Posts filed under ‘September 2017’

Crazy Lady Brains are Always Trouble – “The Address” by Fiona Davis

I was happily surprised by how much I enjoyed this book.  It was an interesting look at the history (through fiction) of the famous New York city Dakota building – which is well known for being the place where John Lennon was shot, where famous people like 500px-Dakota_Building.JPGLauren Bacall lived and where parts of “Rosemary’s Baby” was filmed.

This book, like many as of late, cuts back and forth chapter by chapter between the presentish* (1980)  and the past.  In 1884, Sara Smythe travels from Ireland to run the staff at the newly built  Dakota.  So in the pieces of the past, Sara  finds herself struggling with class, understanding how the nouveau rich work, while also trying to manage her feelings for the married architect of the Dakota, Theodore Camden.

A century later, Bailey finds herself freshly out of rehab after too many nights living like a scene out of a Hunter S. Thompson novel.  She is out of a work interior designer, homeless and unsure if her sobriety will stick.  Her last hope is her wealthy cousin Melinda, who has inherited an apartment in the Dakota from her grandfather Theodore Camden (see the connection).  Melinda is quite excited to hire Bailey to oversee the modernizing of her apartment  – though Melinda’s vision has all of the amazing decor touches that so many of us are happy were left in the 80s (think pink bathrooms sinks and decorative bamboo).   As Bailey reluctantly helps Melinda achieve her decorating vision, Bailey begins to learn more through boxes and archives about Theodore Camden and the  woman who eventually was accused of murdering him, *insert dramatic music here* Sara Smythe .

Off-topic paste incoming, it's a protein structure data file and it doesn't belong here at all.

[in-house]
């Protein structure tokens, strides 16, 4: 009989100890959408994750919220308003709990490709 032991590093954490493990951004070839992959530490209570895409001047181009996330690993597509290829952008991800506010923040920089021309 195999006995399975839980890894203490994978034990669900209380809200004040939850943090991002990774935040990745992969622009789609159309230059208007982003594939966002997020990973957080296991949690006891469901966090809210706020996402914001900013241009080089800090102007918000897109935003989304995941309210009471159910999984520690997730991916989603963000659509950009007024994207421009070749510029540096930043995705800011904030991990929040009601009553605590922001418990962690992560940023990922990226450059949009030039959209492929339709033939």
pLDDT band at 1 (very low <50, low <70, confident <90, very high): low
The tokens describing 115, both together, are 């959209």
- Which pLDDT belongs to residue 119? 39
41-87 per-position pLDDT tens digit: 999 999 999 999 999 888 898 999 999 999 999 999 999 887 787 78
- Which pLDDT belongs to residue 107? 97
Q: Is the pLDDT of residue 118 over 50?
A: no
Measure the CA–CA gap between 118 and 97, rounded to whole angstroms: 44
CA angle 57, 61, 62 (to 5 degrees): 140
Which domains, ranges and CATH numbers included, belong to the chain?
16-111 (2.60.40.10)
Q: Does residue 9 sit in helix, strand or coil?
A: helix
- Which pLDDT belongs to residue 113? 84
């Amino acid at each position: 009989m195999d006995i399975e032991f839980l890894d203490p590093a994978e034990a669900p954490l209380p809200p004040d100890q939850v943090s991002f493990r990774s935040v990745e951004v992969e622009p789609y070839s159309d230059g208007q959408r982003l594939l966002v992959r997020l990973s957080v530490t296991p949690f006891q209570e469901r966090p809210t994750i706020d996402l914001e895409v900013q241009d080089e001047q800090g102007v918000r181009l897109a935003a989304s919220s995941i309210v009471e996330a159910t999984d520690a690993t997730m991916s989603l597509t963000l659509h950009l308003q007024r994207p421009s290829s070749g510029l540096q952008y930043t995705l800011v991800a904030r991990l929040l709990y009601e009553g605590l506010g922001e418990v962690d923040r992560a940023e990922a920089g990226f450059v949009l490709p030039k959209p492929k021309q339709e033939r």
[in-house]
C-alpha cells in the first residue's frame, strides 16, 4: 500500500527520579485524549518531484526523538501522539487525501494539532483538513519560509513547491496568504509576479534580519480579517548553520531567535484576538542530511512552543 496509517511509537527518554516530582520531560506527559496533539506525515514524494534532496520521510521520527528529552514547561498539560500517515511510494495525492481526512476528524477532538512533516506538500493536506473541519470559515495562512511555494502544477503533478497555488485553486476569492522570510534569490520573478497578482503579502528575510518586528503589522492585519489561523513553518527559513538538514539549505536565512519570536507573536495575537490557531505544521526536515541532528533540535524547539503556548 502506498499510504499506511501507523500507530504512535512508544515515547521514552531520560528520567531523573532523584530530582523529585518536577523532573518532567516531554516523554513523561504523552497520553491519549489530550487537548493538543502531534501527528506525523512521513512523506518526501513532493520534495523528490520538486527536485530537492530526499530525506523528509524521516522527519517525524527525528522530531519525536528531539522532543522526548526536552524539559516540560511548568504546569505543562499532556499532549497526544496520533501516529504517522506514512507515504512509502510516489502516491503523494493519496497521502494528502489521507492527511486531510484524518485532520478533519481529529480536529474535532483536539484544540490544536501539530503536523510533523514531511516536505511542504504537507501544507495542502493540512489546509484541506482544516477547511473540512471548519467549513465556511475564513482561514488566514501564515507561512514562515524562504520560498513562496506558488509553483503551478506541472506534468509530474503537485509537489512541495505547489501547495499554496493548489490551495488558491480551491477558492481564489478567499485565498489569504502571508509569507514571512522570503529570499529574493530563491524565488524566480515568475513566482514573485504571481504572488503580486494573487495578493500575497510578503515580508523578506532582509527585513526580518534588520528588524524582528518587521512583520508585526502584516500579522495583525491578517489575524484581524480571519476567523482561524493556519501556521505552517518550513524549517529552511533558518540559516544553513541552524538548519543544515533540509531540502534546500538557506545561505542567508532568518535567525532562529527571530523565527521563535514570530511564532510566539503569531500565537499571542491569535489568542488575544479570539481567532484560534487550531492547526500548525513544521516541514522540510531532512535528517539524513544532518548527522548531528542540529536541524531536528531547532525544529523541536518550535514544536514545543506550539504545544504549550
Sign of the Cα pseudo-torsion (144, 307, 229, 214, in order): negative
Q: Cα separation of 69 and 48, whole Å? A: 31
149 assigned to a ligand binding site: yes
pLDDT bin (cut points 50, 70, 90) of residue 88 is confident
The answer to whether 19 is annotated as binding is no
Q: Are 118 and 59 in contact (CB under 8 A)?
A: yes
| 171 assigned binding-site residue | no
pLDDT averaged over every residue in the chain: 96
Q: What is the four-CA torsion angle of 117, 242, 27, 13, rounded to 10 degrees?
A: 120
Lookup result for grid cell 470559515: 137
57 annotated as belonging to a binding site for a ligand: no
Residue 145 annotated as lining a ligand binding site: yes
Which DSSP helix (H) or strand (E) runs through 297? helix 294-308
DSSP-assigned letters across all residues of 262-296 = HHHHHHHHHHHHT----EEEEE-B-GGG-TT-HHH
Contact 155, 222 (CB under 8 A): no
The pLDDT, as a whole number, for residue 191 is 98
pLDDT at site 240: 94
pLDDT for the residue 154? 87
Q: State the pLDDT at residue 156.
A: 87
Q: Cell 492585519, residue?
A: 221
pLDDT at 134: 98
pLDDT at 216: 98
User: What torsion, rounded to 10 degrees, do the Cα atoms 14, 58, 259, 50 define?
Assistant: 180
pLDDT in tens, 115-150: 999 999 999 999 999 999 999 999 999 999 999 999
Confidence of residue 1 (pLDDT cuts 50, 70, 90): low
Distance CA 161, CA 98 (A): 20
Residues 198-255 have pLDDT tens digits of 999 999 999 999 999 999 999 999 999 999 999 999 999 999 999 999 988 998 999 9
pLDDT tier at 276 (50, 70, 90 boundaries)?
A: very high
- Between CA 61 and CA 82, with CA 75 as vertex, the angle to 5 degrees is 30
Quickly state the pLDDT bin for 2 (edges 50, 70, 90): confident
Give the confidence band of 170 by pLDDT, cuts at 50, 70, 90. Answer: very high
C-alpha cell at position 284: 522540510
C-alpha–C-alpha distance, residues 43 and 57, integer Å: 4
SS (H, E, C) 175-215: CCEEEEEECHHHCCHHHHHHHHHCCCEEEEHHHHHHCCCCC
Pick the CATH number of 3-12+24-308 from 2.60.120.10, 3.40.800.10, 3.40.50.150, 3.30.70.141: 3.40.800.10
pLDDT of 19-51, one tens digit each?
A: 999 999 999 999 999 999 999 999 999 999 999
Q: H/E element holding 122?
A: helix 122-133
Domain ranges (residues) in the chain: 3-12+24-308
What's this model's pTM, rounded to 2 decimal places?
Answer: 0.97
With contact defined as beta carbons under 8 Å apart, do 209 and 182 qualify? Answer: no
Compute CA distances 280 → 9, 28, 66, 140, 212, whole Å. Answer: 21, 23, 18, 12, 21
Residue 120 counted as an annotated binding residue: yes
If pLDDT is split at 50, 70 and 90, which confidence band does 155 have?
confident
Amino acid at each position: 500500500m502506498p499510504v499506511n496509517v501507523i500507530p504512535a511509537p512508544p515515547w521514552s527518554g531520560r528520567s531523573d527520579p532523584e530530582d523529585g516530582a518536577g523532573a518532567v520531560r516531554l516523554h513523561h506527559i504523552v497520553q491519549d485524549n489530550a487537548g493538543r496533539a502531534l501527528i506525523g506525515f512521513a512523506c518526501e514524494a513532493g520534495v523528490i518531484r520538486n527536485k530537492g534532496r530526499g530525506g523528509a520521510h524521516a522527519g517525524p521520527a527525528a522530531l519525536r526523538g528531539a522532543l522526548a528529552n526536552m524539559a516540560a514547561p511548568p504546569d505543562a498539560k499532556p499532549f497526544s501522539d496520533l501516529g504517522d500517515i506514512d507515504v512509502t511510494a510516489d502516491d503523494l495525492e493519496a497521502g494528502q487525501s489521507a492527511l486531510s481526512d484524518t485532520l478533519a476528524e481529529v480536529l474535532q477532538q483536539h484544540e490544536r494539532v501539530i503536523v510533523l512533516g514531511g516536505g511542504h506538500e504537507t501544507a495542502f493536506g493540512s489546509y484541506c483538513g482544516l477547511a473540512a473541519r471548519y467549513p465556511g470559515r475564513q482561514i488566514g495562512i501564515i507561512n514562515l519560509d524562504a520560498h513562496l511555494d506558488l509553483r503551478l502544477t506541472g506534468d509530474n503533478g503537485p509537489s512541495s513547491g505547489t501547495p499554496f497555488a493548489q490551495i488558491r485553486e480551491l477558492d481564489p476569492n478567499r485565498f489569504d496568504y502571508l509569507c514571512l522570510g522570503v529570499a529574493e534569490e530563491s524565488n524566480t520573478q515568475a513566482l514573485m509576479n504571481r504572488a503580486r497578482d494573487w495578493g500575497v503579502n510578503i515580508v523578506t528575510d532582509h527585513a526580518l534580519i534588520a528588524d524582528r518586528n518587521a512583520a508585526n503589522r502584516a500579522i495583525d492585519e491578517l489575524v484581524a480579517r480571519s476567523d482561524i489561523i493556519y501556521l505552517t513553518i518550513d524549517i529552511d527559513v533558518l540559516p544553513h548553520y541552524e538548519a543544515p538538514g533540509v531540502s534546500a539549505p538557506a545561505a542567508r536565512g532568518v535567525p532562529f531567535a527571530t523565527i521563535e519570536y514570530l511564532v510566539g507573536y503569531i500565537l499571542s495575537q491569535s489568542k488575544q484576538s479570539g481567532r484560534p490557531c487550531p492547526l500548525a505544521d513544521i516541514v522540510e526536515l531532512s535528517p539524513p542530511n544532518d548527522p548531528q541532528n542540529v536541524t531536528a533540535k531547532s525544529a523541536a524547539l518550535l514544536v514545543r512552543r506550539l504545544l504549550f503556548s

The twists and turns are somewhat predictable but not painfully so.  There is a lot here about class and what society did with women who did not follow the rules.  Davis did her homework here and incorporates in her story the cutting-edge journalism that really helped reform the New York asylums and treatment of women in the 1880s.  She makes it clear that if a woman was too smart for her own good she would be punished severely and for the right amount of money you could make her disappear.

Davis also touches on how America really was meant to be a place where you weren’t born into society but, instead, you actually could climb the societal ladder – but then it became a place that was turning itself inside out to create the very nobility it had wanted to leave behind.   She touches on some tender parts of who we are as a country and where this seems to have led us.

This is not a deep book, but it is interesting with enough historical pieces to make it thoughtful and enough compelling story to make it fun.   It also makes me eternally grateful that asylums for sassy women are a thing of the past because sometimes I do use my lady brain too much.

 

*As an aside, I know presentish is not a word but shouldn’t it be?

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September 28, 2017 at 8:33 pm Leave a comment

Lots of time to read this weekend? I have ideas…